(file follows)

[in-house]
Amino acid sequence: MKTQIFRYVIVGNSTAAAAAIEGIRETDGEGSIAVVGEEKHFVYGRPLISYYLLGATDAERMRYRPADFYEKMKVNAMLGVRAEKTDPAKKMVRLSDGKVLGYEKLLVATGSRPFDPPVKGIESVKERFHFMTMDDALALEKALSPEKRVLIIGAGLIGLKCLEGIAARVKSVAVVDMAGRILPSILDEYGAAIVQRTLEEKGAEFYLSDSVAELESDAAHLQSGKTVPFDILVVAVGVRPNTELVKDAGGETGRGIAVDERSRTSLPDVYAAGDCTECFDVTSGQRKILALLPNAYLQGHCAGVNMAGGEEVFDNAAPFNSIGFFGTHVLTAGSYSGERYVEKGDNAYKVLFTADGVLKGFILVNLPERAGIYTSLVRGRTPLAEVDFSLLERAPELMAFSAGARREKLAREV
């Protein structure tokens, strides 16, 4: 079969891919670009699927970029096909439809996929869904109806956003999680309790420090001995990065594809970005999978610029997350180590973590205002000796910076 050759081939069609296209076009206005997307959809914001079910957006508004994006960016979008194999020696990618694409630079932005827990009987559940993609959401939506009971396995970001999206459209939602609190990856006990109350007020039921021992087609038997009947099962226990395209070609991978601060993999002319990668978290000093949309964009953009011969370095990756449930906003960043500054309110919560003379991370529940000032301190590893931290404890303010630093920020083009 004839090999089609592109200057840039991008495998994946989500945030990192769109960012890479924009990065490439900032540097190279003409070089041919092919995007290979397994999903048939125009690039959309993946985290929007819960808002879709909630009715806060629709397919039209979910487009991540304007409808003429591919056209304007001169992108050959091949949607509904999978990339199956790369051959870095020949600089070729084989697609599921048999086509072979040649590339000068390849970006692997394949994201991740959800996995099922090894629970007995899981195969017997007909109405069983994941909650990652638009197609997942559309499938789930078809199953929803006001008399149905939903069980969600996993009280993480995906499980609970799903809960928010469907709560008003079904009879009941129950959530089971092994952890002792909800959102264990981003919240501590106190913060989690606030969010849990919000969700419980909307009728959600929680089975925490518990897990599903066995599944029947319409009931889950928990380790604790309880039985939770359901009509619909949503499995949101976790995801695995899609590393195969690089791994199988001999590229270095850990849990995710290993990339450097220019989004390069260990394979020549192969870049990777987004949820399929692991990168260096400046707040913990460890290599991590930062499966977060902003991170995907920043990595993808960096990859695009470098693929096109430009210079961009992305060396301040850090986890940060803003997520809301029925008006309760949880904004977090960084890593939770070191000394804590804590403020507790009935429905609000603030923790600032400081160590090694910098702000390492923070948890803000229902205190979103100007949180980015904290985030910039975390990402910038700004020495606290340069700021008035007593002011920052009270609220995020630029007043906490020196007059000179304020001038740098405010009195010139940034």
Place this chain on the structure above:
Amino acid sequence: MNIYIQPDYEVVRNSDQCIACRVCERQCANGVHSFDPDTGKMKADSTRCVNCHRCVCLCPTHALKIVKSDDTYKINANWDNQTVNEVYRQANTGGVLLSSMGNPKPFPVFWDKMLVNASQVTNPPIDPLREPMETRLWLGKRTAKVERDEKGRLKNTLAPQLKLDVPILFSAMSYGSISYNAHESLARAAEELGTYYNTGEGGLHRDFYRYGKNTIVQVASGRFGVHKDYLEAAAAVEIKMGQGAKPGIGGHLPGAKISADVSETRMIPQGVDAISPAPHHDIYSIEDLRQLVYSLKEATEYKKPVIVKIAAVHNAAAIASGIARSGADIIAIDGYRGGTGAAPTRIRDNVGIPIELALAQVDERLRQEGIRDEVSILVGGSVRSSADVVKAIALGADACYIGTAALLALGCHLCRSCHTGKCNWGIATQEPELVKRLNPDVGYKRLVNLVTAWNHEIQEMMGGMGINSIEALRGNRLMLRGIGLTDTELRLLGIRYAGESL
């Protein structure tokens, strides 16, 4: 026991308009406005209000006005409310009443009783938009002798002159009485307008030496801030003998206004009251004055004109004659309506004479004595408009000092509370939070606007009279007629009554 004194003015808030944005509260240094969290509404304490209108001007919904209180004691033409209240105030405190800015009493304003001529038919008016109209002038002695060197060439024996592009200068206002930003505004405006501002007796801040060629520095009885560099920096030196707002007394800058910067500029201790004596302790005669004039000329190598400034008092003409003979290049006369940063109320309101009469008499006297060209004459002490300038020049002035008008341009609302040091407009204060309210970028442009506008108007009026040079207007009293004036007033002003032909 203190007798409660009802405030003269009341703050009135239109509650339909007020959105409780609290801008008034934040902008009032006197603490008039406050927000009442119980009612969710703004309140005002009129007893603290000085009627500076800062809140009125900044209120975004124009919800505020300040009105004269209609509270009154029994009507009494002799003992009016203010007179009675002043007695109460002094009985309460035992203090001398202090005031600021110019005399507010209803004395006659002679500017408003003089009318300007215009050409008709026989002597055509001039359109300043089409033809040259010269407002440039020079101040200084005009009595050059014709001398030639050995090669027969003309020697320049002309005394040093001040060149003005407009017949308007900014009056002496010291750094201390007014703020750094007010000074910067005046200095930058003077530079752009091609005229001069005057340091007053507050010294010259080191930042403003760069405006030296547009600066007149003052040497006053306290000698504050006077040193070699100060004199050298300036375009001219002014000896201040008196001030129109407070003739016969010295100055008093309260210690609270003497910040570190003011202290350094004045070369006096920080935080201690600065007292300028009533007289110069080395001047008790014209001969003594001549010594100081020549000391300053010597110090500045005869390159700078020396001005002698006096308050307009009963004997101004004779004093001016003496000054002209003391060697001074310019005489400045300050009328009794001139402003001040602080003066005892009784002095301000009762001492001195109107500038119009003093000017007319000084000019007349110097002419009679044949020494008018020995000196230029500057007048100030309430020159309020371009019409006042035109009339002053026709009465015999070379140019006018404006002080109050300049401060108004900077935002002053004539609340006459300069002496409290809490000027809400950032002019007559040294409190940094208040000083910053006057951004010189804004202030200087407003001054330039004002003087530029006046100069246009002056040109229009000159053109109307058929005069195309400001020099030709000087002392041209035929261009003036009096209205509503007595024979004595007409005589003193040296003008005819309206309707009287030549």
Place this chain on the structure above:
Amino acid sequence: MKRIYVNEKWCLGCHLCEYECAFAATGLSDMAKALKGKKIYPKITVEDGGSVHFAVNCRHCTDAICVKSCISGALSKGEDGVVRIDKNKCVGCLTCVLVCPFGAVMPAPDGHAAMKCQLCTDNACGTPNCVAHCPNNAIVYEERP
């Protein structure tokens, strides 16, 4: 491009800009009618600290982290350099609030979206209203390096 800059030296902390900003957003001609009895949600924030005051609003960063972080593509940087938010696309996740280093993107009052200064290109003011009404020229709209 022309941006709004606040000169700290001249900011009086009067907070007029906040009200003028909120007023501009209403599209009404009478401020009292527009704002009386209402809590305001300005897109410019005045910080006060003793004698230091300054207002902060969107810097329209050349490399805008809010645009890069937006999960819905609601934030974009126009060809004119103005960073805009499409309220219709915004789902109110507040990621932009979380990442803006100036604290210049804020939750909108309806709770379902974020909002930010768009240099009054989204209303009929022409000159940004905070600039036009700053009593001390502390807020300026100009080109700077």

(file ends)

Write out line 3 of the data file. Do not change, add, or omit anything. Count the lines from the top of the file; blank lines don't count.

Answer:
């Protein structure tokens, strides 16, 4: 079969891919670009699927970029096909439809996929869904109806956003999680309790420090001995990065594809970005999978610029997350180590973590205002000796910076 050759081939069609296209076009206005997307959809914001079910957006508004994006960016979008194999020696990618694409630079932005827990009987559940993609959401939506009971396995970001999206459209939602609190990856006990109350007020039921021992087609038997009947099962226990395209070609991978601060993999002319990668978290000093949309964009953009011969370095990756449930906003960043500054309110919560003379991370529940000032301190590893931290404890303010630093920020083009 004839090999089609592109200057840039991008495998994946989500945030990192769109960012890479924009990065490439900032540097190279003409070089041919092919995007290979397994999903048939125009690039959309993946985290929007819960808002879709909630009715806060629709397919039209979910487009991540304007409808003429591919056209304007001169992108050959091949949607509904999978990339199956790369051959870095020949600089070729084989697609599921048999086509072979040649590339000068390849970006692997394949994201991740959800996995099922090894629970007995899981195969017997007909109405069983994941909650990652638009197609997942559309499938789930078809199953929803006001008399149905939903069980969600996993009280993480995906499980609970799903809960928010469907709560008003079904009879009941129950959530089971092994952890002792909800959102264990981003919240501590106190913060989690606030969010849990919000969700419980909307009728959600929680089975925490518990897990599903066995599944029947319409009931889950928990380790604790309880039985939770359901009509619909949503499995949101976790995801695995899609590393195969690089791994199988001999590229270095850990849990995710290993990339450097220019989004390069260990394979020549192969870049990777987004949820399929692991990168260096400046707040913990460890290599991590930062499966977060902003991170995907920043990595993808960096990859695009470098693929096109430009210079961009992305060396301040850090986890940060803003997520809301029925008006309760949880904004977090960084890593939770070191000394804590804590403020507790009935429905609000603030923790600032400081160590090694910098702000390492923070948890803000229902205190979103100007949180980015904290985030910039975390990402910038700004020495606290340069700021008035007593002011920052009270609220995020630029007043906490020196007059000179304020001038740098405010009195010139940034």